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Excerpts from the Nobel literature prize citation

Excerpts from the Swedish Academy's citation awarding the 2010 Nobel Prize in literature to Peruvian writer Mario Vargas Llosa "for his cartography of structures of power and his trenchant images of the individual's resistance, revolt and defeat."

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Mario Vargas Llosa was born on March 28, 1936, in Arequipa, Peru, to Ernesto Vargas Maldonado and Dora Llosa Ureta. After his parents divorced, he grew up with his mother and grandfather in the city of Cochabamba in Bolivia. The family moved to Piura, Peru, in 1946 where his grandfather held an appointment as a civil servant. His parents were reunited in 1947 and settled in Lima. Mario Vargas Llosa went to a Catholic school in Lima. Later his father sent him to the military school, Leoncio Prado. After graduating from Colegio Nacional San Miguel in Piura, Mario Vargas Llosa studied law and literature in Lima and Madrid. In 1955, he married Julia Urquidi. In 1959, he moved to Paris where he worked as a language teacher and as a journalist for Agence France-Presse and the national television service of France. As an author, he had an international breakthrough with the novel La ciudad y los perros (1963; The Time of the Hero, 1966). This novel, which builds on experiences from Leoncio Prado, was considered controversial in his home land. A thousand copies were burnt publicly by officers from Leoncio Prado.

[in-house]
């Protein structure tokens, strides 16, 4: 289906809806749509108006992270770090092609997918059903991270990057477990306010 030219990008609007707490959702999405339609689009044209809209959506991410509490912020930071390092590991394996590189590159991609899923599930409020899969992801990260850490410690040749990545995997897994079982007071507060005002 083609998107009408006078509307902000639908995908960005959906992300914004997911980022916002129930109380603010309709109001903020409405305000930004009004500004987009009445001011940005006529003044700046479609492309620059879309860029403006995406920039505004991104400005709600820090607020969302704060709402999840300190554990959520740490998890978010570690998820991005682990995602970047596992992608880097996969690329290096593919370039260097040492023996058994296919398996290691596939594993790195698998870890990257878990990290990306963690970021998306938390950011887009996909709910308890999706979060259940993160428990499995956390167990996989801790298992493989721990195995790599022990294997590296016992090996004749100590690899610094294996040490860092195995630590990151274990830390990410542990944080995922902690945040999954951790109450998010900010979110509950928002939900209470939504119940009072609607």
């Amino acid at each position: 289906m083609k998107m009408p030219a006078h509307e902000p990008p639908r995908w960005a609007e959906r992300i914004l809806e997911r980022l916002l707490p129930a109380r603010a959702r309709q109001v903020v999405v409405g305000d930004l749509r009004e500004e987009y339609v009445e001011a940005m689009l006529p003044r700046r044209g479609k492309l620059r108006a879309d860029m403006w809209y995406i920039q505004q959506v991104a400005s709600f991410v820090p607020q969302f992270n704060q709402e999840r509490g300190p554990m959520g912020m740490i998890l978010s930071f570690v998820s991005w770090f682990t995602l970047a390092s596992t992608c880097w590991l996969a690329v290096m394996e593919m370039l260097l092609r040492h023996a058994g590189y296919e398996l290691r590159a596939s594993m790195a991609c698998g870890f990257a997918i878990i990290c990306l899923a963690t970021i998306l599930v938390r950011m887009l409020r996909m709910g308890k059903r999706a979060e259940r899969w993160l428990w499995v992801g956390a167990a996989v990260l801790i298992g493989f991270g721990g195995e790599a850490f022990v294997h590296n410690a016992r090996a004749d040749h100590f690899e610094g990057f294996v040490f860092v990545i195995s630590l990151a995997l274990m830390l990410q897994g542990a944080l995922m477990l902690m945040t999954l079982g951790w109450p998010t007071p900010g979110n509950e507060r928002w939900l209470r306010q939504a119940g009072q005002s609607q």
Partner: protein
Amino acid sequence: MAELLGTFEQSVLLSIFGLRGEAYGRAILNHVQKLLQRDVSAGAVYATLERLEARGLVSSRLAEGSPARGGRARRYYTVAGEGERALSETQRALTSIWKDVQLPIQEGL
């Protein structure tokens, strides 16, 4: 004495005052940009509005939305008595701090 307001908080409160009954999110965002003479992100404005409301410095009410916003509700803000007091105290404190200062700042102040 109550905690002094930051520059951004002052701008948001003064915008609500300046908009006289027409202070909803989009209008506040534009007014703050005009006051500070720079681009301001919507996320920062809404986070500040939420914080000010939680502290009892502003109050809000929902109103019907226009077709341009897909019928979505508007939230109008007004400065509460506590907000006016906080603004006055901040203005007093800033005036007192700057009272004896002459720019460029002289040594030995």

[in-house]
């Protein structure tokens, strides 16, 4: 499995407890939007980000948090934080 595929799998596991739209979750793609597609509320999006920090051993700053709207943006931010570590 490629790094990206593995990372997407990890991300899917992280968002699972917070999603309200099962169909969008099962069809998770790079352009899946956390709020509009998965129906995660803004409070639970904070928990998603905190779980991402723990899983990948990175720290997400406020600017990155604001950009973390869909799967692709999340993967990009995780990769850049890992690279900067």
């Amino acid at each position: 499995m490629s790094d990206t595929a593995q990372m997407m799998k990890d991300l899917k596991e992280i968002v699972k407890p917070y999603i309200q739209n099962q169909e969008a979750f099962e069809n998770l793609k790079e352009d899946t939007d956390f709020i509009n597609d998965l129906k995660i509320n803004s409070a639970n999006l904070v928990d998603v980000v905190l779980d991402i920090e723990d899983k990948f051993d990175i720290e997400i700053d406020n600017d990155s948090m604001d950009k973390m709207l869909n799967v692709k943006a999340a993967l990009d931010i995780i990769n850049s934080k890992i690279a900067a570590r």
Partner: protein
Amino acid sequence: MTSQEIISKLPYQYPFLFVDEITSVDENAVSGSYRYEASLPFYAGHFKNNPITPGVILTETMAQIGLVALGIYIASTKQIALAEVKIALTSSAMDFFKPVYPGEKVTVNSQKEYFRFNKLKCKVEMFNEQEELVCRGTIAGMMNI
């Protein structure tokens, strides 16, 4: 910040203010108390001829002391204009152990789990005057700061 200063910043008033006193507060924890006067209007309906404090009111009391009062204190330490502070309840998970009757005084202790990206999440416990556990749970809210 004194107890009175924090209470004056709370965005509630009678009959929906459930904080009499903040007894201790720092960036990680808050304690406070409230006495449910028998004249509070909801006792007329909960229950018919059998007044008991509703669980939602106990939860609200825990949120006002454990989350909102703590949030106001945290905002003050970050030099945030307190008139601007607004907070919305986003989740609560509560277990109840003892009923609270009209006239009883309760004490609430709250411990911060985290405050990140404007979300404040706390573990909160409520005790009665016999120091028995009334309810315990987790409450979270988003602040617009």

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In 1964 Mario Vargas Llosa divorced Julia Urquidi. The following year, he married his cousin, Patricia Llosa. After having lived alternately in Paris, Lima, London and Barcelona, he returned to Lima in 1974. In 1975 he was elected to the Peruvian Academy. He has lectured and taught at a number of universities in the USA, South America and Europe. In 1990, he ran for the Presidency representing the FREDEMO alliance in Peru, but lost the election. In 1994 he was elected to the Spanish Academy, where he took his seat in 1996. In recent years he has lived in Barcelona, Madrid, Lima, Paris and London. His well known works include "Conversacion en la catedral" (1969; "Conversation in the Cathedral," 1975), "La guerra del fin del mundo" (1981; "The War of the End of the World," 1984) and "La fiesta del chivo" (2000; "The Feast of the Goat," 2001). He is also a noted journalist and essayist.